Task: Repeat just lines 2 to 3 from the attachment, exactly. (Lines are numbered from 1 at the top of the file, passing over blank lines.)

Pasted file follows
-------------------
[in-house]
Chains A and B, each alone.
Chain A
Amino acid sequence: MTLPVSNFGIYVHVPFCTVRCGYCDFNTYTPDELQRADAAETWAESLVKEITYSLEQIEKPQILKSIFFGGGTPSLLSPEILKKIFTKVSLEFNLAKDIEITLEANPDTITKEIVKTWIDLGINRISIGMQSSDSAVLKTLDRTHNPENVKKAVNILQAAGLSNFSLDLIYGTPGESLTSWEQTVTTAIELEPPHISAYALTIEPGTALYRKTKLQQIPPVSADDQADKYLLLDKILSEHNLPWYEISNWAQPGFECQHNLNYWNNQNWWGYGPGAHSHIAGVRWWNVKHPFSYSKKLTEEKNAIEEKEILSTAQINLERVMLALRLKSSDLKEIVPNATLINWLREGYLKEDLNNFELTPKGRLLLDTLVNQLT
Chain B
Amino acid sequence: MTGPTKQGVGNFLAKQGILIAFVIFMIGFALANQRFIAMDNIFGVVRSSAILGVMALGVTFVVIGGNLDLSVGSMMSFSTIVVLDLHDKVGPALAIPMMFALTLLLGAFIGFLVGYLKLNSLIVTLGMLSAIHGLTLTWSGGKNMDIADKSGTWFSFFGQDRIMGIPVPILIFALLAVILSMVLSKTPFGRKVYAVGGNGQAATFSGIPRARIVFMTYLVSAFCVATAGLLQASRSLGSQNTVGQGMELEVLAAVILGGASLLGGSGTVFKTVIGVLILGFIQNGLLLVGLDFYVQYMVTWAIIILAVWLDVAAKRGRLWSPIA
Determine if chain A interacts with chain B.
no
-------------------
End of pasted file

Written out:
Chains A and B, each alone.
Chain A